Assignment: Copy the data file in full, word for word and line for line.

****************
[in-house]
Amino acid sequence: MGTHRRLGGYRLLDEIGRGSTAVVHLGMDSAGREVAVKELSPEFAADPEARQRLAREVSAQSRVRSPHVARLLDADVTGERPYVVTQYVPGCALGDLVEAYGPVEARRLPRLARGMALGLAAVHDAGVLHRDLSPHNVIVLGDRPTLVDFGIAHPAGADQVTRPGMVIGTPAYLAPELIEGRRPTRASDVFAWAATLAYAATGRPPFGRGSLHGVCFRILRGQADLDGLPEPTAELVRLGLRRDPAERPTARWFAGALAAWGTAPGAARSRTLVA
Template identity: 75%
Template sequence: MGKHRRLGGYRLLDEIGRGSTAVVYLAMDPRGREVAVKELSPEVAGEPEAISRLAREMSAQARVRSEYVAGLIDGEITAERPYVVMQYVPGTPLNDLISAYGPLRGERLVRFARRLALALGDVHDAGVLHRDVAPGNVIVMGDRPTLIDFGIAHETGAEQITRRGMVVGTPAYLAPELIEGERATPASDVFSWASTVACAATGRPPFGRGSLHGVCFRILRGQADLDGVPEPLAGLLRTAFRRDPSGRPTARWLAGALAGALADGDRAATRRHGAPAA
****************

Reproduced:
[in-house]
Amino acid sequence: MGTHRRLGGYRLLDEIGRGSTAVVHLGMDSAGREVAVKELSPEFAADPEARQRLAREVSAQSRVRSPHVARLLDADVTGERPYVVTQYVPGCALGDLVEAYGPVEARRLPRLARGMALGLAAVHDAGVLHRDLSPHNVIVLGDRPTLVDFGIAHPAGADQVTRPGMVIGTPAYLAPELIEGRRPTRASDVFAWAATLAYAATGRPPFGRGSLHGVCFRILRGQADLDGLPEPTAELVRLGLRRDPAERPTARWFAGALAAWGTAPGAARSRTLVA
Template identity: 75%
Template sequence: MGKHRRLGGYRLLDEIGRGSTAVVYLAMDPRGREVAVKELSPEVAGEPEAISRLAREMSAQARVRSEYVAGLIDGEITAERPYVVMQYVPGTPLNDLISAYGPLRGERLVRFARRLALALGDVHDAGVLHRDVAPGNVIVMGDRPTLIDFGIAHETGAEQITRRGMVVGTPAYLAPELIEGERATPASDVFSWASTVACAATGRPPFGRGSLHGVCFRILRGQADLDGVPEPLAGLLRTAFRRDPSGRPTARWLAGALAGALADGDRAATRRHGAPAA